Full TGIF Record # 85751
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Web URL(s):http://onlinelibrary.wiley.com/doi/10.1111/j.1752-1688.2000.tb05707.x/epdf
    Last checked: 10/08/2015
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Publication Type:
Author(s):Thomas, Mary Ann
Author Affiliation:Hydrologist, United States Geological Survey, Columbus, Ohio
Title:The effect of residential development on ground-water quality near Detroit, Michigan
Source:Journal of the American Water Resources Association. Vol. 36, No. 5, October 2000, p. 1023-1038.
# of Pages:16
Publishing Information:Herdon, VA: American Water Resources Association
Keywords:TIC Keywords: Groundwater; Water resources; Land use; Water quality; Salinity; Sewage effluent; Absorption rate; Surface runoff; Potable water; Monitor wells
Abstract/Contents:"Two water-quality studies were done on the outskirts of the Detroit metroplitan area to determine how recent residential development has affected ground-water quality. Pairs of monitor and domestic wells were sampled in areas where residential land use overlies glacial outwash deposits. Young, shallow waters had significantly higher median concentrations of nitrate, chloride, and dissolved solids than older, deeper waters. Analysis of chloride/bromide ratios indicates that elevated salinities are due to human activities rather than natural factors, such as upward migration of brine. Trace concentrations of volatile organic compounds were detected in samples from 97 percent of the monitor wells. Pesticides were detected infrequently even though they are routinely applied to lawns and roadways in the study area. The greatest influence on ground-water quality appears to be from septic-system effluent (domestic sewage, household solvents, water-softener backwash) and infiltration of stormwater runoff from paved surfaces (road salt, fuel residue). No health-related drinking-water standards were exceeded in samples from domestic wells. However, the effects of human activities are apparent in 76 percent of young waters, and at depths far below 25 feet, which is the current minimum well-depth requirement."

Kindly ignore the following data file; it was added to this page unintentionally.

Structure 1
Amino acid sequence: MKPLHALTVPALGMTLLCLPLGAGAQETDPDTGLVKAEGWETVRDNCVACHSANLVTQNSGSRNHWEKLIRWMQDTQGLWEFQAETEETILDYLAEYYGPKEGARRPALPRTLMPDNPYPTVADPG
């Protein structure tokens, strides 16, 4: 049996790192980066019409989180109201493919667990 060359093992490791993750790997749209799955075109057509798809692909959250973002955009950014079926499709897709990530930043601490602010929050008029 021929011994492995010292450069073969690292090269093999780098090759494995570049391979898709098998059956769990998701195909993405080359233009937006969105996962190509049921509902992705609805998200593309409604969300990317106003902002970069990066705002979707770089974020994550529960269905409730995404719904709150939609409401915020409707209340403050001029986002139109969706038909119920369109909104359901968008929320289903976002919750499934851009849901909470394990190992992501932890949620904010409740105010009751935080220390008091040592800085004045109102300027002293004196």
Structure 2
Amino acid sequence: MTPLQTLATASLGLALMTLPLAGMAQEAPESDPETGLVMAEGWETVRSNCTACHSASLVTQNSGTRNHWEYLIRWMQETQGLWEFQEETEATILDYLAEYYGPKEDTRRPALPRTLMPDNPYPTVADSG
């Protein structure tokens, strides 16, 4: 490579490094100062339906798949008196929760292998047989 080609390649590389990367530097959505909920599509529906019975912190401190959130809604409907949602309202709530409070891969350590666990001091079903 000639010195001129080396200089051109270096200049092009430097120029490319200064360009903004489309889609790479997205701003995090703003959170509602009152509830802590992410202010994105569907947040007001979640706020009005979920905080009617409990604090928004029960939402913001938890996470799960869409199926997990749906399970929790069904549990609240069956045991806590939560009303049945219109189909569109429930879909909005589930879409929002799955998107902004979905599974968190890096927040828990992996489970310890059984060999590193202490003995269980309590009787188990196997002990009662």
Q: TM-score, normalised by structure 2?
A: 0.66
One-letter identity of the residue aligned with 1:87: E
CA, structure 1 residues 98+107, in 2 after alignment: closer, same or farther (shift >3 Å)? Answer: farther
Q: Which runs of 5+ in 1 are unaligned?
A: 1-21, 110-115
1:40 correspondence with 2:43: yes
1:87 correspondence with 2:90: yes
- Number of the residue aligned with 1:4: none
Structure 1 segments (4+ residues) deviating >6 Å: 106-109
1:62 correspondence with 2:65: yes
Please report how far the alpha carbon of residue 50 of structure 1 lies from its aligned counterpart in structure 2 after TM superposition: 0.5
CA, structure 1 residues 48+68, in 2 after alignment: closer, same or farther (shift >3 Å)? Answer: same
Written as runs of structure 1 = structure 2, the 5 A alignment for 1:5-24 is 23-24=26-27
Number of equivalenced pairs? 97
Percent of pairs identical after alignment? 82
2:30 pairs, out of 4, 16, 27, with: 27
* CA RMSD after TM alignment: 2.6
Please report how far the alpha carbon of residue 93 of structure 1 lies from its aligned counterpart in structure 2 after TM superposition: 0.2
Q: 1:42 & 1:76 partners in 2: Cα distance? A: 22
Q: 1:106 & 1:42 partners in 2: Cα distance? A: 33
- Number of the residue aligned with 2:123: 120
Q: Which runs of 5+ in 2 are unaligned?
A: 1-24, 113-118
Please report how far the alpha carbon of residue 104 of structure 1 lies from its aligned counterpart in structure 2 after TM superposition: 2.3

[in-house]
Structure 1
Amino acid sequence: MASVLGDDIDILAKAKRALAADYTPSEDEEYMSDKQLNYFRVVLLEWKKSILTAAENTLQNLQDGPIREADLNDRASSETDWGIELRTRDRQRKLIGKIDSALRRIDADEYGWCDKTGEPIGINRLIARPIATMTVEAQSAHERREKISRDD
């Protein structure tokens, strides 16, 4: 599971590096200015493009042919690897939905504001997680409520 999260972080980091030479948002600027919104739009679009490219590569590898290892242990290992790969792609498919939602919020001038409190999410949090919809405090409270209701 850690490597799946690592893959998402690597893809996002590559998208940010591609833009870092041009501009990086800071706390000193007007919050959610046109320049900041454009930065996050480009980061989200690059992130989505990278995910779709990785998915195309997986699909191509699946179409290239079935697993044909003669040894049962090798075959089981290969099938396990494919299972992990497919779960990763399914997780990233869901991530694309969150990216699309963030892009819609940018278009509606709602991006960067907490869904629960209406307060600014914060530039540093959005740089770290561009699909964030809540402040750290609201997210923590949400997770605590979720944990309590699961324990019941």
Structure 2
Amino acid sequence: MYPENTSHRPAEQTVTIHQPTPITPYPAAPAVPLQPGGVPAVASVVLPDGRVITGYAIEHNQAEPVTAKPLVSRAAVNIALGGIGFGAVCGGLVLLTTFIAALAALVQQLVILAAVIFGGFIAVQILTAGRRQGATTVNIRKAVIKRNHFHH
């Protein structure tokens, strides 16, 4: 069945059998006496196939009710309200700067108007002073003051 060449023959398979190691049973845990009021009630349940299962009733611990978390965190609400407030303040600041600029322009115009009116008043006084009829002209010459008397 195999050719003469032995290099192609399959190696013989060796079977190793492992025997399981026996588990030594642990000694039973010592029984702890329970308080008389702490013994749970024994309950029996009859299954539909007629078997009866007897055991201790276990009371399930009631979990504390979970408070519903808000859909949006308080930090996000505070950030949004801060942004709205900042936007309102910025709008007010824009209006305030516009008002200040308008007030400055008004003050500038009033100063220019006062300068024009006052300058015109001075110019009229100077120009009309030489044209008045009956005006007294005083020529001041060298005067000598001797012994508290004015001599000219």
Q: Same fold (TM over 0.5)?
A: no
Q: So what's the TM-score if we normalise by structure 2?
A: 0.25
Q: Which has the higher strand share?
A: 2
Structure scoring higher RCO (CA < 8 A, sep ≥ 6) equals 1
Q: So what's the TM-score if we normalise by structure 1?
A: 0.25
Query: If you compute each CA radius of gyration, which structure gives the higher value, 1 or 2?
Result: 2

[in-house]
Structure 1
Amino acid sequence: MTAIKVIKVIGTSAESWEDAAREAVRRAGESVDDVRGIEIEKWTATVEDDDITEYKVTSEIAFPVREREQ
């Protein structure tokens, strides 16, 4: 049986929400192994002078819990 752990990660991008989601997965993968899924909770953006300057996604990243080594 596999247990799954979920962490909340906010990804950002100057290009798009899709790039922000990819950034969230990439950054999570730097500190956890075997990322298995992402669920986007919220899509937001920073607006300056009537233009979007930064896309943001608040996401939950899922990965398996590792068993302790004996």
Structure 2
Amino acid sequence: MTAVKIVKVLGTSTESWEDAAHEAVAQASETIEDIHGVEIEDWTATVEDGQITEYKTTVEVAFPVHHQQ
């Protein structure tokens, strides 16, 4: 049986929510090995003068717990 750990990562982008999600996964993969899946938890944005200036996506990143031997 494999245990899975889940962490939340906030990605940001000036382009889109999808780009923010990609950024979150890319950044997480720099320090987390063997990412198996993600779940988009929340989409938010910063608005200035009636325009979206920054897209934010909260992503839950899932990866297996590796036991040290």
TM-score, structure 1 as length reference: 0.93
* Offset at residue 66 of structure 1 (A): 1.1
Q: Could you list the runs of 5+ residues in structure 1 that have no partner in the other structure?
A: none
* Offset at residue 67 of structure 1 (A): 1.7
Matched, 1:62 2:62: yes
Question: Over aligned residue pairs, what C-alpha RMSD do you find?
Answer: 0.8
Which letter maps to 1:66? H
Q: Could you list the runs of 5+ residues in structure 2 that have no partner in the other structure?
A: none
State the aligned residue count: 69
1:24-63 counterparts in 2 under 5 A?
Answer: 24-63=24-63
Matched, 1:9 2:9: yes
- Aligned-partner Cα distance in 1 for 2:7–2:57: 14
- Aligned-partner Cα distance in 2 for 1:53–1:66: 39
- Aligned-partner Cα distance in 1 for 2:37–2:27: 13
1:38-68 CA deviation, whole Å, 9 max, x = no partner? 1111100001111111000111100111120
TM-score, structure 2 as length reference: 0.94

Includes map, "Location of ground-water studies near Detroit"
Includes map, "Factor Used to Define the Urban Land-Use Study Area: Land Use, Surficial Sediment, and Bedrock Geology"
Geographic Terms:Detroit, Michigan
ASA/CSSA/SSSA Citation (Crop Science-Like - may be incomplete):
Thomas, M. A. 2000. The effect of residential development on ground-water quality near Detroit, Michigan. Water Resour. Bull. 36(5):p. 1023-1038.
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    Last checked: 10/08/2015
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    Access conditions: Item is within a limited-access website
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MSU catalog number: TD 201 .W28
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